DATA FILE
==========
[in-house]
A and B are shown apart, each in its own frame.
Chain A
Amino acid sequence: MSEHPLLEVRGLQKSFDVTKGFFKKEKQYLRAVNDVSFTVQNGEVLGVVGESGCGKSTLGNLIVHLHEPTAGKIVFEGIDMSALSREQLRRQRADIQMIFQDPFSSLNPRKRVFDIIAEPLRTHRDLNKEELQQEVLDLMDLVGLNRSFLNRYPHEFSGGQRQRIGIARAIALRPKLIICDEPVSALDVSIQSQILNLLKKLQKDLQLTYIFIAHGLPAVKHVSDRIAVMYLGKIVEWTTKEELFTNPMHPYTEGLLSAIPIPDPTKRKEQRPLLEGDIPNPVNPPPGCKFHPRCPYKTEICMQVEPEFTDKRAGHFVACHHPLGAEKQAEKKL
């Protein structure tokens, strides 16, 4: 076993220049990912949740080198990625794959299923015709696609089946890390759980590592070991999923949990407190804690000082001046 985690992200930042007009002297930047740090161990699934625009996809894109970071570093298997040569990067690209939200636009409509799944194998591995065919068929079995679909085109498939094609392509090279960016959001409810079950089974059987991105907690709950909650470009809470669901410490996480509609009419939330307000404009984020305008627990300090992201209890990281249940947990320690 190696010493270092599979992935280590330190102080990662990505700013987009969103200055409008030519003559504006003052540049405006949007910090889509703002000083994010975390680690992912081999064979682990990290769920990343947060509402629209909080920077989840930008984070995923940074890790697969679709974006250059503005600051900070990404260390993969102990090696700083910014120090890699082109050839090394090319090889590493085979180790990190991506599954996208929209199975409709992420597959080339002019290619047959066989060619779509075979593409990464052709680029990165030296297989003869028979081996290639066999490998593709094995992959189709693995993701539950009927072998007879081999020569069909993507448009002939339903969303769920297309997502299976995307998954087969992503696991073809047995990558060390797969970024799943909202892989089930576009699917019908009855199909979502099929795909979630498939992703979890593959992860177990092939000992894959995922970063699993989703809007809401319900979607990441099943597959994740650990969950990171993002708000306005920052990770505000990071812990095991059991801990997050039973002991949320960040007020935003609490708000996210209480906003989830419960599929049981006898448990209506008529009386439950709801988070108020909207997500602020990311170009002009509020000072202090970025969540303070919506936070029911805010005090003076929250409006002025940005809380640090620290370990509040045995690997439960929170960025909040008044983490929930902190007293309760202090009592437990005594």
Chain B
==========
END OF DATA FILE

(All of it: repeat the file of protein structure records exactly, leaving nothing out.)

[in-house]
A and B are shown apart, each in its own frame.
Chain A
Amino acid sequence: MSEHPLLEVRGLQKSFDVTKGFFKKEKQYLRAVNDVSFTVQNGEVLGVVGESGCGKSTLGNLIVHLHEPTAGKIVFEGIDMSALSREQLRRQRADIQMIFQDPFSSLNPRKRVFDIIAEPLRTHRDLNKEELQQEVLDLMDLVGLNRSFLNRYPHEFSGGQRQRIGIARAIALRPKLIICDEPVSALDVSIQSQILNLLKKLQKDLQLTYIFIAHGLPAVKHVSDRIAVMYLGKIVEWTTKEELFTNPMHPYTEGLLSAIPIPDPTKRKEQRPLLEGDIPNPVNPPPGCKFHPRCPYKTEICMQVEPEFTDKRAGHFVACHHPLGAEKQAEKKL
């Protein structure tokens, strides 16, 4: 076993220049990912949740080198990625794959299923015709696609089946890390759980590592070991999923949990407190804690000082001046 985690992200930042007009002297930047740090161990699934625009996809894109970071570093298997040569990067690209939200636009409509799944194998591995065919068929079995679909085109498939094609392509090279960016959001409810079950089974059987991105907690709950909650470009809470669901410490996480509609009419939330307000404009984020305008627990300090992201209890990281249940947990320690 190696010493270092599979992935280590330190102080990662990505700013987009969103200055409008030519003559504006003052540049405006949007910090889509703002000083994010975390680690992912081999064979682990990290769920990343947060509402629209909080920077989840930008984070995923940074890790697969679709974006250059503005600051900070990404260390993969102990090696700083910014120090890699082109050839090394090319090889590493085979180790990190991506599954996208929209199975409709992420597959080339002019290619047959066989060619779509075979593409990464052709680029990165030296297989003869028979081996290639066999490998593709094995992959189709693995993701539950009927072998007879081999020569069909993507448009002939339903969303769920297309997502299976995307998954087969992503696991073809047995990558060390797969970024799943909202892989089930576009699917019908009855199909979502099929795909979630498939992703979890593959992860177990092939000992894959995922970063699993989703809007809401319900979607990441099943597959994740650990969950990171993002708000306005920052990770505000990071812990095991059991801990997050039973002991949320960040007020935003609490708000996210209480906003989830419960599929049981006898448990209506008529009386439950709801988070108020909207997500602020990311170009002009509020000072202090970025969540303070919506936070029911805010005090003076929250409006002025940005809380640090620290370990509040045995690997439960929170960025909040008044983490929930902190007293309760202090009592437990005594």
Chain B